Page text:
Saturday, December 20, 2008

More on the Auto Bailouts

by Adam Levitin at Credit Slips:

The term sheets are up here and here. Two initial observations:

(1) These are supposed to be secured loans, but they are almost assuredly junior liens--Chrysler already has a second lien facility, so that would make Treasury third. These liens might be underwater from the start, and a lot of the collateral probably isn't very valuable to anyone but GM or Chrysler. These companies are a lot like railroads in that a lot of their value is as going-concerns. Piecemeal, there isn't much there. This means that the primary value of being a secured creditor is having hostage value--the liquidation value isn't going to be very much. But if either GM or Chrysler can't meet the restructuring terms, they will be going into the Chapter to liquidate (whether they say so or not). And if that's the case, then it doesn't do the government much good to be secured.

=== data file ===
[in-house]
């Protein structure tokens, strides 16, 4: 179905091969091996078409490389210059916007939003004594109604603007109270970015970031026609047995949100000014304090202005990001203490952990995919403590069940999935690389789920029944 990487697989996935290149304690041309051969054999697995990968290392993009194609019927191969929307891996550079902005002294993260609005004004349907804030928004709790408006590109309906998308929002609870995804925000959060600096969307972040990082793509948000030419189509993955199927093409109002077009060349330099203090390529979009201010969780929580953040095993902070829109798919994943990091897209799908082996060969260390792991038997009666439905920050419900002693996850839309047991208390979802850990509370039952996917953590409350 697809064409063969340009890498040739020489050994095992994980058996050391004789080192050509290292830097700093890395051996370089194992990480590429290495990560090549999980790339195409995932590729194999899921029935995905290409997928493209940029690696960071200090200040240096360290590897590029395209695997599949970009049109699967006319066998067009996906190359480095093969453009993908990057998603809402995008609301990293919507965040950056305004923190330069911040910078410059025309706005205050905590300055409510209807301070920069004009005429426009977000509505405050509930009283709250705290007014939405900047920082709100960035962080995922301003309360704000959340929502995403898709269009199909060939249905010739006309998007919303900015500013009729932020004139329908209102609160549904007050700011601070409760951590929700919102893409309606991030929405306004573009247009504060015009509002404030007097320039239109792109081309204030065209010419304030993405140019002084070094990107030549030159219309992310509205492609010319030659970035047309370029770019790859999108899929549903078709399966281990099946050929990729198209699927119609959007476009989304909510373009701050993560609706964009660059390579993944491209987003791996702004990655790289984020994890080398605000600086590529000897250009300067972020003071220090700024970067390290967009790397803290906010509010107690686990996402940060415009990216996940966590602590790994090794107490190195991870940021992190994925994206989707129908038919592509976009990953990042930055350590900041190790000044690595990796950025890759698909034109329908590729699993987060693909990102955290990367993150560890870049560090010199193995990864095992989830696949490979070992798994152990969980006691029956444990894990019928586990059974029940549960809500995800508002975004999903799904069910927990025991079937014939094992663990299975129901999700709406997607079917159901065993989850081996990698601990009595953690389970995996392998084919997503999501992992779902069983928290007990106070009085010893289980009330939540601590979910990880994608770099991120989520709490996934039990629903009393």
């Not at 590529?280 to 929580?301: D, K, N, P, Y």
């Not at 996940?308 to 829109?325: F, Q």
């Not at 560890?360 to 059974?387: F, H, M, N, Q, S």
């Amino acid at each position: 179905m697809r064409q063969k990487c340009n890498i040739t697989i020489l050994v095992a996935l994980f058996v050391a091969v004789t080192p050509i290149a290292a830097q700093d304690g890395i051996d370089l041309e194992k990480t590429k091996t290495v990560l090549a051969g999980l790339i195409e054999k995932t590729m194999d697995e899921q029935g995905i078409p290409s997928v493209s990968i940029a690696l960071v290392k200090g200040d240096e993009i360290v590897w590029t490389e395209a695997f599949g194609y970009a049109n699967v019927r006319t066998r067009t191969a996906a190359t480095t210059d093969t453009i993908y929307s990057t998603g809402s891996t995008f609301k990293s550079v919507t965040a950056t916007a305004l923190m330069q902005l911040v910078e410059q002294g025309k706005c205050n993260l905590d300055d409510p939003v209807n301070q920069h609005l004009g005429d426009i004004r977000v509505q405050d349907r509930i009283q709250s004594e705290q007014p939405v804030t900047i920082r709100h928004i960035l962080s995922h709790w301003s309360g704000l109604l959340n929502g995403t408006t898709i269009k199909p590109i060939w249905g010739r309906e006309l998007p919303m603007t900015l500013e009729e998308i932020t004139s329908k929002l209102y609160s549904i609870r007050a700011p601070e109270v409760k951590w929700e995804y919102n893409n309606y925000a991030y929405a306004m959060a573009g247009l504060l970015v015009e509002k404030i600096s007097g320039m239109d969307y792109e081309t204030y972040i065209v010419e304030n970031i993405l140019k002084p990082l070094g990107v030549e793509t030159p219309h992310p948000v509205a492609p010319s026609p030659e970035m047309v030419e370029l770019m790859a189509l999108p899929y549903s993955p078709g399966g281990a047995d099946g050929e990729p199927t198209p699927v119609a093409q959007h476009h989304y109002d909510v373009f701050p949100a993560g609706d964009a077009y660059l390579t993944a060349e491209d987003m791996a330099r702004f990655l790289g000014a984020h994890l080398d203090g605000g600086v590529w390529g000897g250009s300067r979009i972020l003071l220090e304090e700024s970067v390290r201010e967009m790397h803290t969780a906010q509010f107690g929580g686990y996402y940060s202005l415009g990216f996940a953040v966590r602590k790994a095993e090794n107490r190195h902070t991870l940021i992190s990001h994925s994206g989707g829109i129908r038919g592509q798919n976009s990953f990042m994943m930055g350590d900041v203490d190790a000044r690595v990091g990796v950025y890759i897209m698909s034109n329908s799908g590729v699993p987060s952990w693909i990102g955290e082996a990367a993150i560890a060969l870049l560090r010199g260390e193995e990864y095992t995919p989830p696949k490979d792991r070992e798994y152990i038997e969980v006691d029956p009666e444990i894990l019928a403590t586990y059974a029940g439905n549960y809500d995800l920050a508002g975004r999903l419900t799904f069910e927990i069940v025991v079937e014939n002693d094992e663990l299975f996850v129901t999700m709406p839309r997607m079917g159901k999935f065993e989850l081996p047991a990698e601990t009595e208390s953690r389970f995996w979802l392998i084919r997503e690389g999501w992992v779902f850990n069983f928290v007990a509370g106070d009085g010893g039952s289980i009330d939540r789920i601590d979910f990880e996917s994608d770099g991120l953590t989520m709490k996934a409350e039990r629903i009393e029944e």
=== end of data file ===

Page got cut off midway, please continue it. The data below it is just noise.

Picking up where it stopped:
(2) The government has tried to protect itself by providing that if there's a bankruptcy, the loan will rollover into a DIP facility at the government's exclusive option. I don't think that works. First, this is likely an executory contract, so it is automatically rejected under 11 USC 365(c)(2). Second, even if it isn't an executory contract, there will still have to be a 364 hearing. I can't see the government getting into a priming fight (or winning--there's no ability to offer the senior lienholders adequate protection). And because everything is encumbered, the government will have to settle for junior liens, which puts it right back where it was--an underwater junior. Moreover, if the government wants to do this as a rollup refi of the prepetition loan or a cross-collateralization, I'd wager that it will find itself in some pretty sharp litigation. There's no circuit level ruling (as far as I'm aware) that signs off on a rollup refinancing, and cross-collateralization is viewed very skeptically. There's huge hostage value to any creditor that can make a credible threat of pursuing such litigation. In any case, if GM or Chrysler goes into the Chapter as a freefall, the government would probably do well to wash its hands of the matter.

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